50 years of Ethernet

50 years ago, Robert Metcalfe (who was working at Xerox PARC in 1973), wrote the first memo (titled “Alto Ethernet”) outlining what would become the ubiquitous Ethernet protocol! The idea was first documented in a memo that Metcalfe wrote on May 22, 1973.

first ethernet cable

In 1979 he started a little company called 3com.
Ethernet was commercially introduced in 1980 and first standardized in 1983 as IEEE 802.3. Ethernet has since been refined to support higher bit rates, a greater number of nodes, and longer link distances, but retains much backward compatibility. Over time, Ethernet has largely replaced competing wired LAN technologies.


  1. Tomi Engdahl says:

    happy 50th Birthday ETHERnet!

    computerphile explains how more than one machine can talk on the network at a time the whole wire has to be silent with only one signal on the wire at a time. If any other signal exists, then no-one may speak — but will wait a random interval to attempt to speak again (because only one packet may be spoken, and we know how long that takes) — the whole thing is patterened on Claude Shannon’s notion of a BIT — on may.22.1973 Bob Metcalfe proposed an ETHER Network which ‘Propagates Bits to All Stations’. coupled with this first physical layer definition, the notion of multiple machines on a single wire treating signals digitally instead of as analogue audio or radio data, and the notion of an ethernet Packet (a bunch of BITS) which has a originating IP (internet protocol) and destination IP address — and every packet of data in the network traverses the wandering saleman’s problem — this is where the modern world of networking was born https://youtu.be/TkOVgkcrvbg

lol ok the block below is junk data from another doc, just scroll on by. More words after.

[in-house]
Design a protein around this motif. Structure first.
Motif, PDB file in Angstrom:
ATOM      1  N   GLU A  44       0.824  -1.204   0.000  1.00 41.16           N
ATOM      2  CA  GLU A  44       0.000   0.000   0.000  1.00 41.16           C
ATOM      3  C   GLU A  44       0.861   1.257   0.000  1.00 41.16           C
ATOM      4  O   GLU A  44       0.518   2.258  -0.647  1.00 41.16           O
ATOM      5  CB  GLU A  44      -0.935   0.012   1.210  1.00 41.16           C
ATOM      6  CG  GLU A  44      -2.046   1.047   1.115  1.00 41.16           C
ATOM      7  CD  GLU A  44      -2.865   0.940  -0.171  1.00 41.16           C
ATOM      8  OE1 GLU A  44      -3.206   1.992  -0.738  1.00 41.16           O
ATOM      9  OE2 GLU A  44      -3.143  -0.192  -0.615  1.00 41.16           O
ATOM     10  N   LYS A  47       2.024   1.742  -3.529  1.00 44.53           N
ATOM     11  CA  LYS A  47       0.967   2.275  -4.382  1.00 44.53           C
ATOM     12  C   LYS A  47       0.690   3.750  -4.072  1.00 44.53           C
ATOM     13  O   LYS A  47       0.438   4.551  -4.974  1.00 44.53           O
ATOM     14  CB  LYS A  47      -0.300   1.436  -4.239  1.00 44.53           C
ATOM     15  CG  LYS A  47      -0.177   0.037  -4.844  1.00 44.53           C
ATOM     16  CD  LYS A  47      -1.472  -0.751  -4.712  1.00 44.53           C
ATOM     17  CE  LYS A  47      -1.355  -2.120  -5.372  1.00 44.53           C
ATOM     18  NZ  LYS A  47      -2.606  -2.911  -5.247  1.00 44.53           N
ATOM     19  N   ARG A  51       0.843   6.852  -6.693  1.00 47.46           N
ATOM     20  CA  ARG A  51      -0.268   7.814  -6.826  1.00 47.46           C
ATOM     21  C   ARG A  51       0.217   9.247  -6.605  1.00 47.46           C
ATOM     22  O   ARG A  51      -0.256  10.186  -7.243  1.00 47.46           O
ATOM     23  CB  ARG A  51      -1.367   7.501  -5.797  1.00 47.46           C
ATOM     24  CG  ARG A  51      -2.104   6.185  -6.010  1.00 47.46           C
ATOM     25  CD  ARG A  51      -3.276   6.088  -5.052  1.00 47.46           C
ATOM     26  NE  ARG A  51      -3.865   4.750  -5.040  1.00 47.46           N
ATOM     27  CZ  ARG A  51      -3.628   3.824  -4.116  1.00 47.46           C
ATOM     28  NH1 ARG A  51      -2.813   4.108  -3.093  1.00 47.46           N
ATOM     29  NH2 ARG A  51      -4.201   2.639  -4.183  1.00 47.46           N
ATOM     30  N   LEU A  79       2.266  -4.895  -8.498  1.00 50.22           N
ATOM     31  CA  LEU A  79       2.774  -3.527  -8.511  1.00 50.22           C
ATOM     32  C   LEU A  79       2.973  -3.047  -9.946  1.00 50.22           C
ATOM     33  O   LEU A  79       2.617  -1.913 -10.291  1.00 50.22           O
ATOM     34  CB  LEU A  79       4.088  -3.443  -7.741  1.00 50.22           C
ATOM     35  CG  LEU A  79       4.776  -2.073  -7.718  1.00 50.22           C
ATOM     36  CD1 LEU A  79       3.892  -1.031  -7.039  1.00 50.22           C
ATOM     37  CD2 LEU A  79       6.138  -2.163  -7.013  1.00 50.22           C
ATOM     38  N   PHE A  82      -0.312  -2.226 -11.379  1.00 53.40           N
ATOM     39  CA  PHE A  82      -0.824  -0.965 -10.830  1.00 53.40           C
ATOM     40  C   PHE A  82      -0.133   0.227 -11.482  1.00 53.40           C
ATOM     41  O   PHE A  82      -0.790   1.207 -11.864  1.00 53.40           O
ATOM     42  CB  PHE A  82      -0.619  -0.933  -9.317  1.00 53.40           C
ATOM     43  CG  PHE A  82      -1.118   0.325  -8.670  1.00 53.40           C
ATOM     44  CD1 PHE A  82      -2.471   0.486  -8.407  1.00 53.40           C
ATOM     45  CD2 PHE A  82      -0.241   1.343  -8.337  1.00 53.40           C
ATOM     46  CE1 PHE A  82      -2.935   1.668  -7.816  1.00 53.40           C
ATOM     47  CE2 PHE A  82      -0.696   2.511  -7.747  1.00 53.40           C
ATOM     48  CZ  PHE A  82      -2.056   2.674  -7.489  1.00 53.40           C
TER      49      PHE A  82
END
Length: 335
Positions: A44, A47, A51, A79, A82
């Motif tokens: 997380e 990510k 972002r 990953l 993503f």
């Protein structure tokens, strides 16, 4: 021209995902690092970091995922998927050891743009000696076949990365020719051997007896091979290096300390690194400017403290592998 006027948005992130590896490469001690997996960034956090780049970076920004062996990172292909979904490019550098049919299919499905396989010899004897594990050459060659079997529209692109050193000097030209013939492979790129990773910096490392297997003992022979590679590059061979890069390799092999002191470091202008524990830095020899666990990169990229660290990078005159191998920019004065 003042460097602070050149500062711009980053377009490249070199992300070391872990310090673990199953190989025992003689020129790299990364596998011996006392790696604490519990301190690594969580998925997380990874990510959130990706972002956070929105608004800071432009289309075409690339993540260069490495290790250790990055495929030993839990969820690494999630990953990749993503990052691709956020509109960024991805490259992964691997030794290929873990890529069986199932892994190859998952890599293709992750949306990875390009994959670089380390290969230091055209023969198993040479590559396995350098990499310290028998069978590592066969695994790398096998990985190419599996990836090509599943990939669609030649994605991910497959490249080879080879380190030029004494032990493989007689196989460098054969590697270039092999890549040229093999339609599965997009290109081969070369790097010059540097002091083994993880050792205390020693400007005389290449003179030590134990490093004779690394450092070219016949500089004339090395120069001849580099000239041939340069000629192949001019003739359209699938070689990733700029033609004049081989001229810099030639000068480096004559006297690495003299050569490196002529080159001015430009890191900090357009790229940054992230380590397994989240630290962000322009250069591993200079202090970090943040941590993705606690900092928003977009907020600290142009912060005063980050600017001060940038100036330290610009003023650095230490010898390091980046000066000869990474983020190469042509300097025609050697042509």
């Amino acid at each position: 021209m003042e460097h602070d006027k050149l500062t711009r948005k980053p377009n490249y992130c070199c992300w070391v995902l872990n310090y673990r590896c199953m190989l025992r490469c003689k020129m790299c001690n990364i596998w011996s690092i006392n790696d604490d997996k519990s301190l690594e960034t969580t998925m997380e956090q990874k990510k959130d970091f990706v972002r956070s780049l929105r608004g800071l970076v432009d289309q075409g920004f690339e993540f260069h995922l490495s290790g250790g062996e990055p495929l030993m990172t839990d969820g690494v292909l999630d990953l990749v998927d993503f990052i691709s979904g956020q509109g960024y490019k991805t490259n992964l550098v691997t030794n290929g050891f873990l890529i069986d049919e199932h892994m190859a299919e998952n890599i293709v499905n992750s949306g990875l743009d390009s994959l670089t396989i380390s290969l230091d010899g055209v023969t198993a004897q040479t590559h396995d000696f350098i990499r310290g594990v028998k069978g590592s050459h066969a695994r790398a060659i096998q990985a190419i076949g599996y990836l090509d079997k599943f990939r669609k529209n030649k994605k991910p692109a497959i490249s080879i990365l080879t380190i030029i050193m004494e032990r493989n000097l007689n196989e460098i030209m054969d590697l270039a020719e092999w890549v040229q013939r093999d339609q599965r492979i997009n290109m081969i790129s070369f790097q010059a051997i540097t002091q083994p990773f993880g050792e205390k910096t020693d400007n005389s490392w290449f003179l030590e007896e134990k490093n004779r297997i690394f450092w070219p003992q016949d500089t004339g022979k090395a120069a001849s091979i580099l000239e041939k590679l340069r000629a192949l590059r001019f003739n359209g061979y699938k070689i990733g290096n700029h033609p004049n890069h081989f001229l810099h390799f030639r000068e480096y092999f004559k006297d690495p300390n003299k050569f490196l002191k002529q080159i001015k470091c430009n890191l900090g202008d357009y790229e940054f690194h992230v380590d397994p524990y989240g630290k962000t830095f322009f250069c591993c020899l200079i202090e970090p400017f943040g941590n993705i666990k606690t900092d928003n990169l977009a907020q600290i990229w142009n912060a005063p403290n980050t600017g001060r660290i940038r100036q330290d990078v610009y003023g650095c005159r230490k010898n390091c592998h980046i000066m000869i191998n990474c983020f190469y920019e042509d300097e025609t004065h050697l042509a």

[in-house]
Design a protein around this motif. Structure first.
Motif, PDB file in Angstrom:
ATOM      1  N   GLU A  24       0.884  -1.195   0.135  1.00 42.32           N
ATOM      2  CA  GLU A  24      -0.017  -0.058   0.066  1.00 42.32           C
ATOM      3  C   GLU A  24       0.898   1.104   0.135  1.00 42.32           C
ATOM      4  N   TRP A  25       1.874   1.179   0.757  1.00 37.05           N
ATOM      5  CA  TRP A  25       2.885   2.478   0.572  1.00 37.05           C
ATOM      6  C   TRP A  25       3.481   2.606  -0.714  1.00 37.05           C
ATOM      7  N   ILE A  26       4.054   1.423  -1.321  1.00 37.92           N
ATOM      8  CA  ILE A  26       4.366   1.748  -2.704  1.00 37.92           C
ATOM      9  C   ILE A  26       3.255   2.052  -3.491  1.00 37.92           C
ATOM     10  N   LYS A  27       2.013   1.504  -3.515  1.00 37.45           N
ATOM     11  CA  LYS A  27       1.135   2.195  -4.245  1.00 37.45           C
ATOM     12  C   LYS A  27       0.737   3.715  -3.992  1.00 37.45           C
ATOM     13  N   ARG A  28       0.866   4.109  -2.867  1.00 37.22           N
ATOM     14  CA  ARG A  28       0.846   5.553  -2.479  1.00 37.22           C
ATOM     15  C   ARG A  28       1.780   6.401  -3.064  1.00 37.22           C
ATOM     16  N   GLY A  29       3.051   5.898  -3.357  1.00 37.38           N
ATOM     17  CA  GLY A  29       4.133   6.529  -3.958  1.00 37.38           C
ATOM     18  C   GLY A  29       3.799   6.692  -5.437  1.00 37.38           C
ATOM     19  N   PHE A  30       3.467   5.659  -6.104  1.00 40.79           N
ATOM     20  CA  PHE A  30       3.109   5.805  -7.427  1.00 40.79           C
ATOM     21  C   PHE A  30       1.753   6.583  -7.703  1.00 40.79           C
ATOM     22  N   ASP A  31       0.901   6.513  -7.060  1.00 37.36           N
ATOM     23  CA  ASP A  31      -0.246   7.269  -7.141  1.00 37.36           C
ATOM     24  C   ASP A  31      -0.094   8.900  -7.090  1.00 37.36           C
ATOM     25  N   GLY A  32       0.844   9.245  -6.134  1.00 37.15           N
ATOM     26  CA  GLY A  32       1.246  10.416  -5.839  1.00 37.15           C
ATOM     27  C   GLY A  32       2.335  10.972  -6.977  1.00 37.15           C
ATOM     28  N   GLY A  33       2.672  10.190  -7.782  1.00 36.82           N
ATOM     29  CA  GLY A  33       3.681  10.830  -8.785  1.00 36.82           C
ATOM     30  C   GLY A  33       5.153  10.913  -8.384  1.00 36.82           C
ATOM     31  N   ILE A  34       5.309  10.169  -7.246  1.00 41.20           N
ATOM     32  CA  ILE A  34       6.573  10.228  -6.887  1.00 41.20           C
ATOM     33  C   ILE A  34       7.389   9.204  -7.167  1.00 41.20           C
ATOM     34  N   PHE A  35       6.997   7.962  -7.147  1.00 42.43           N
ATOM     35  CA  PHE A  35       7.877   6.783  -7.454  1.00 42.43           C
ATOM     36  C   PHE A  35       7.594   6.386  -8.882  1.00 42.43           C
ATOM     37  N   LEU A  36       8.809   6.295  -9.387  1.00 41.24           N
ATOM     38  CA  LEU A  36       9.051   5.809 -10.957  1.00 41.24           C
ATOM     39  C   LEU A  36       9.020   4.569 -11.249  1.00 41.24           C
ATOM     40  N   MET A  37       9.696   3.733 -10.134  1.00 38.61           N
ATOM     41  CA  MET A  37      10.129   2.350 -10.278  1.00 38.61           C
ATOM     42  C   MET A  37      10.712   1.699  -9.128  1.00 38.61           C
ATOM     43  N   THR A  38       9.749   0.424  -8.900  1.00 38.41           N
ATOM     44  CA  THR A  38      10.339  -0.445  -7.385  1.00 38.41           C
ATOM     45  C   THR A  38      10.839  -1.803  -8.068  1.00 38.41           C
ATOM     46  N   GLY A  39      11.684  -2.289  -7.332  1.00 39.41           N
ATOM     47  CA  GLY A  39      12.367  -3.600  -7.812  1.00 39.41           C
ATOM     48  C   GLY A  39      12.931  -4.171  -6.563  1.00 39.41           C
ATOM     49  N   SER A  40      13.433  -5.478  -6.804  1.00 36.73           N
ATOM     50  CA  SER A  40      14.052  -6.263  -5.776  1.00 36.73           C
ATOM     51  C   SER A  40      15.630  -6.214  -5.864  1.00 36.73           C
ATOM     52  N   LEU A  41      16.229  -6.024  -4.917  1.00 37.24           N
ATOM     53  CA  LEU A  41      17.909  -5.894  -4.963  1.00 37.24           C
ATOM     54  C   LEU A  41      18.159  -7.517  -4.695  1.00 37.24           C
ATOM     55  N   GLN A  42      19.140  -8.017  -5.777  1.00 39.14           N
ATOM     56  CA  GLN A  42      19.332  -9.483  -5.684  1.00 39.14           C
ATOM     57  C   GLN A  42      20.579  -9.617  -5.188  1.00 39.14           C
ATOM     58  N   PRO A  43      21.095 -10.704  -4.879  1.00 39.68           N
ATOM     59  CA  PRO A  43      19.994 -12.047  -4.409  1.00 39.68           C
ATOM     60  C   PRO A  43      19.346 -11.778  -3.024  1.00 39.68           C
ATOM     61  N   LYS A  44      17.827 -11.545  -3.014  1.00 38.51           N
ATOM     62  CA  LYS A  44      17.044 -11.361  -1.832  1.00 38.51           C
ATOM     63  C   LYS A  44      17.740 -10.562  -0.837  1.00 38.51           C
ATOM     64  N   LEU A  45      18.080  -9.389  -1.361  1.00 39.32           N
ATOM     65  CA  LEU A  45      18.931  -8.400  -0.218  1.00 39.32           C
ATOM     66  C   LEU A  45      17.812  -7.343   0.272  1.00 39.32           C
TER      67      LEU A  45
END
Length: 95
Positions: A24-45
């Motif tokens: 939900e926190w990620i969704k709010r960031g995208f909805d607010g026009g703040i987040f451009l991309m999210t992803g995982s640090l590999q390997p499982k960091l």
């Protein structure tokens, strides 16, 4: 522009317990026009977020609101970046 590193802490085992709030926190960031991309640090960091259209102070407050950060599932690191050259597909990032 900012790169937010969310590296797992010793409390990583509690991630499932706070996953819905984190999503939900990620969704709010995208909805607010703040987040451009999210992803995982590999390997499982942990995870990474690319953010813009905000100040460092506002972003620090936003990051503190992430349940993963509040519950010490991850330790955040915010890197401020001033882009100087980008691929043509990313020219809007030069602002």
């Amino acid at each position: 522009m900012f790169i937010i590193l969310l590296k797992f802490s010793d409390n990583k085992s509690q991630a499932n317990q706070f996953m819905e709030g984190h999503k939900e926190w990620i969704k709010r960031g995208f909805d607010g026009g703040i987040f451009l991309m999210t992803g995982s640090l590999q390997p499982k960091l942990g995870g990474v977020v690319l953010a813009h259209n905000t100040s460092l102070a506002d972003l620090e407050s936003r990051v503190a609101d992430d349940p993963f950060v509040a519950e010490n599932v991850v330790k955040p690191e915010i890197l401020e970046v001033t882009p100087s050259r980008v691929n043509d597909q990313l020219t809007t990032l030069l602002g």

2. Tomi Engdahl says:

    In 1973, researchers at Xerox PARC in California spawned the Ethernet. Originally created to allow Altos computers to communicate with each other, as well as with laser printers and with PARC’s gateway to the ARPANET, the technology is now the standard LAN worldwide.

    Ethernet is Still Going Strong After 50 Years The technology has become the standard LAN worldwide

    The Xerox Palo Alto Research Center in California has spawned many pioneering computer technologies including the Alto—the first personal computer to use a graphical user interface—and the first laser printer.

    The PARC facility also is known for the invention of Ethernet, a networking technology that allows high-speed data transmission over coaxial cables. Ethernet has become the standard wired local area network around the world, and it is widely used in businesses and homes. It was honored this year as an IEEE Milestone, a half century after it was born.

    Ethernet’s development began in 1973, when Charles P. Thacker—who was working on the design of the Alto computer—envisioned a network that would allow Altos to communicate with each other, as well as with laser printers and with PARC’s gateway to the ARPANET. PARC researcher Robert M. Metcalfe, an IEEE Fellow, took on the challenge of creating the technology. Metcalfe soon was joined by computer scientist David Boggs.

    Metcalfe and Boggs had two criteria: The network had to be fast enough to support their laser printer, and it had to connect hundreds of computers within the same building.

  3. Tomi Engdahl says:

    Ethernet is Still Going Strong After 50 Years The technology has become the standard LAN worldwide


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